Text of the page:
This was the year to expand our exploration of the Yosemite Wilderness with visits to Upper Twin, Peninsula, Otter and Tilden Lakes. This was the year to bag a couple of new peaks along the way. This was the year to nab some more pictures for the web site. And finally this was the year to make it up Tower Peak. However, as is with the best laid plans of mice and men, we only reached some of our goals, met challenges along the way and learned a valuable lesson.

We were off with a helpful start from Kennedy Meadows arriving at Maxwell Lake in a short 6 hours. We camped at a quiet site and enjoyed an alpine glow sunset with a delicious meal. The next day we were off to Upper Twin Lake. A mere 3 miles, but about a 1k drop and 1k rise was enough to get us huffing and puffing for the first hard steps of our journey. We made it in a reasonable time and were treated to a beautiful lake and surroundings. As the two Twin lakes sit on the edge of the one metamorphic formation within Emigrant Wilderness, the terrain is varied and draws you in. Our two days were spent exploring the lake and running up to Michie and Kendrick Peaks. We had vast vistas of the back side of Emigrant all the way into Yosemite, where a few fires were taking their toll. Smoke rising from the canyon below us, which would be in our direct path in just 2 days was a bit unsettling, but a back country ranger put our minds at ease when he told us that it was smoldering and under control. That was to be the least of our worries just 48 hours later.

Day 4 was moving time and we strapped on our packs and headed cross country to Peninsula Lake, about 4 miles away with some rough terrain to tackle. We made our way slowly and surely and ended up at our destination. The lake was a vision of Emigrant-Yosemite back country splendor, with a granite cirque, a hanging valley and a towering dome. We made camp quickly and scrambled around to drink in the beauty. This was to be a one day stay and a quick move to Otter Lake the following day. We rested up and headed out early in the morning. The day started warm, and we poked our way around the eastern shore of Peninsula to gain access to Upper Peninsula Lake and the granite cirque that lay ahead of our Otter Lake goal. As is customary when the three of us hike together, we each have our own vision of the best route and attempt to convince the others why. George and I wished to follow a route that would take us close to the back of Haystack Peak so we could bag it, and then take the easy hike down to Otter. George Sr however, wanted to take the quickest way so he could fish Otter Lake, as all that climbing nonsense was not for him. So we went our separate ways and planned to meet at Otter, which was just over the ridge. We were all working off the same map and the plan sounded sane enough. Unfortunately it was not.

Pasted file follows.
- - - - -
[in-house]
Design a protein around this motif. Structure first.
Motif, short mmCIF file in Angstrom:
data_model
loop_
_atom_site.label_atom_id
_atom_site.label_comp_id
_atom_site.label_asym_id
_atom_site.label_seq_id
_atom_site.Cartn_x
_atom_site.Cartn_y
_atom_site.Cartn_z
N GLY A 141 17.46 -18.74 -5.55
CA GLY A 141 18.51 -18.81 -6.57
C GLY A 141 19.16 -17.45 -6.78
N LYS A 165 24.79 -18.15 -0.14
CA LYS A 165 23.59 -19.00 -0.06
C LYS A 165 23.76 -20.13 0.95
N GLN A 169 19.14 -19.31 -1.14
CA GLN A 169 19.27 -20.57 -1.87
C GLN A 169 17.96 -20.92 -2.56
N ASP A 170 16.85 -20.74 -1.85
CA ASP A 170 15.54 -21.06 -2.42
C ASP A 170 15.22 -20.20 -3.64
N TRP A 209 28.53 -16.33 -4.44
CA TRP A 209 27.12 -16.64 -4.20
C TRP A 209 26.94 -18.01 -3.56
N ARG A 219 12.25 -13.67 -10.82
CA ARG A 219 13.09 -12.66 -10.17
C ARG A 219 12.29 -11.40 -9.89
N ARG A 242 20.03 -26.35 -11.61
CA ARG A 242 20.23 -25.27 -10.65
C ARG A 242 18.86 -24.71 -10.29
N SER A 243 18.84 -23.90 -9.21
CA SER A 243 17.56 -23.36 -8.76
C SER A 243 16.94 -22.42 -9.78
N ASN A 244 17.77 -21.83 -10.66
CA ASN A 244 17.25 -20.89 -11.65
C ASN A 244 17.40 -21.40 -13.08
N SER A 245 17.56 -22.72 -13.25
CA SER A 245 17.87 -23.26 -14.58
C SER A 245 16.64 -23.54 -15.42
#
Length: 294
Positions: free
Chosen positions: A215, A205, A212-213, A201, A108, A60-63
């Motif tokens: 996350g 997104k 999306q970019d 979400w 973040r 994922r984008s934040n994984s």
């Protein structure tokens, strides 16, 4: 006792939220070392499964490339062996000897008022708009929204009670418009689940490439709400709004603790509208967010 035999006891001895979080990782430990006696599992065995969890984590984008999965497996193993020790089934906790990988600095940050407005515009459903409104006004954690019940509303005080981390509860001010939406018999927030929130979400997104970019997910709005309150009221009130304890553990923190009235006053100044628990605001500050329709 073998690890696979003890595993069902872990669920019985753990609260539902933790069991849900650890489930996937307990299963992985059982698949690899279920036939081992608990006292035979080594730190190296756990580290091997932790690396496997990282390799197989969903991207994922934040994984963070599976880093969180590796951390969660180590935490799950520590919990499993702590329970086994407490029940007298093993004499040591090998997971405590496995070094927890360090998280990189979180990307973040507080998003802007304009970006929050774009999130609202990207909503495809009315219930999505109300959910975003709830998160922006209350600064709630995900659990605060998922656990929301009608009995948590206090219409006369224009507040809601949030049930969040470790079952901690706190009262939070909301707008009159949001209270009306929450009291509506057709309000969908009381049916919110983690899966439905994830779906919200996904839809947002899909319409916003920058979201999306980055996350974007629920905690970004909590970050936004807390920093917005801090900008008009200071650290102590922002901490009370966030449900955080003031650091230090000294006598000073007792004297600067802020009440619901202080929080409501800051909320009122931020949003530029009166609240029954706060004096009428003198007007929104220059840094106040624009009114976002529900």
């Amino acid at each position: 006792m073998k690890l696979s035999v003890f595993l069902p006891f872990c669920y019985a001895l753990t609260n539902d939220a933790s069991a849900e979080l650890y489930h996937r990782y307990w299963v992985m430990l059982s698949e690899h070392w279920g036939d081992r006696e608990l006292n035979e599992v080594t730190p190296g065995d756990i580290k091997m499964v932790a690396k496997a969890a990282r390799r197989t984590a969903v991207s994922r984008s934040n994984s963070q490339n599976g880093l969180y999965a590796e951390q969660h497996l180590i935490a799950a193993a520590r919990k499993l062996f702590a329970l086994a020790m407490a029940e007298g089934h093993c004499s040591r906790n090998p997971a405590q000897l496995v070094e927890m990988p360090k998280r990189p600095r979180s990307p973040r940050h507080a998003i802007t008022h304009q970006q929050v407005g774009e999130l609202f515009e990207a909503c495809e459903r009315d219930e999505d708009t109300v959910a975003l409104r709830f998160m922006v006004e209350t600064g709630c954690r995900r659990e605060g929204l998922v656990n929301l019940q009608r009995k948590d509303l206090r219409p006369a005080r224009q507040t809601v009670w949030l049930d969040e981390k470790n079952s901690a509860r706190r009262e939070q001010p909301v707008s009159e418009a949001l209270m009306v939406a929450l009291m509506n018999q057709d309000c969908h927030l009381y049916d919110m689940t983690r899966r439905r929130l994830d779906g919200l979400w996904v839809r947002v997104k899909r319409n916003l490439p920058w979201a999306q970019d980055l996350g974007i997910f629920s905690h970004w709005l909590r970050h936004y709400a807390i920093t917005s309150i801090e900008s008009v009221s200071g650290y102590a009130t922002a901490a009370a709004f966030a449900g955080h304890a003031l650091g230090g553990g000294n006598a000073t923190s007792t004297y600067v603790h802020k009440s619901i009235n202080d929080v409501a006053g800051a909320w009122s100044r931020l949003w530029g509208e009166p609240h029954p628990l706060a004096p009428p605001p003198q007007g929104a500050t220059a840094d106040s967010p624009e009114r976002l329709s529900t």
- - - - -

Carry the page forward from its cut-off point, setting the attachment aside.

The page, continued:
Lost and Reunited

A tale of of what it is like to be split from a hiking partner, what goes thru your mind, what actions/decisions you make and what you learn... Just follow the maps...

Lessons Learned

Besides a little humility and a set of protocols that we will take with us on our future trips.

  • Start each day with an understanding of what each person will be attempting, with enough details to ensure that every one in the group has a sense of what, when, where and how
  • Ensure that each member of your party has part of the food rations, cooking equipment and a heat source
  • When moving from one camp to another, conduct a detailed briefing
    • Use maps
    • Each person walks thru their plans for the day
    • Clear understanding of where everyone will meet up
    • Have an If you get lost plan, which in our case will be a return to the prior day camp
  • If anyone does not show up at the designated camp spot, set up camp before starting any area searches
  • Area searches should be conducted with a goal to return back to camp before nightfall
  • If by nightfall you have not found your hiking partner, get a good meal and on the following day return to the prior camp site or what was agreed to when the day started (dependent on your specific scenario)
  • If a return to the prior camp site does not produce a reunion, stay calm and proceed by the quickest way out to start a search
  • When meeting up with any other hikers while exiting, mention what has happened. The information they give you just might solve the mystery.

Last item. A heartfelt thank you to the soul that found my wallet and turned it in to the Sonora Post Office. You have restored some of my faith in mankind and it is a nice ending to this long story.

May our paths and errands meet...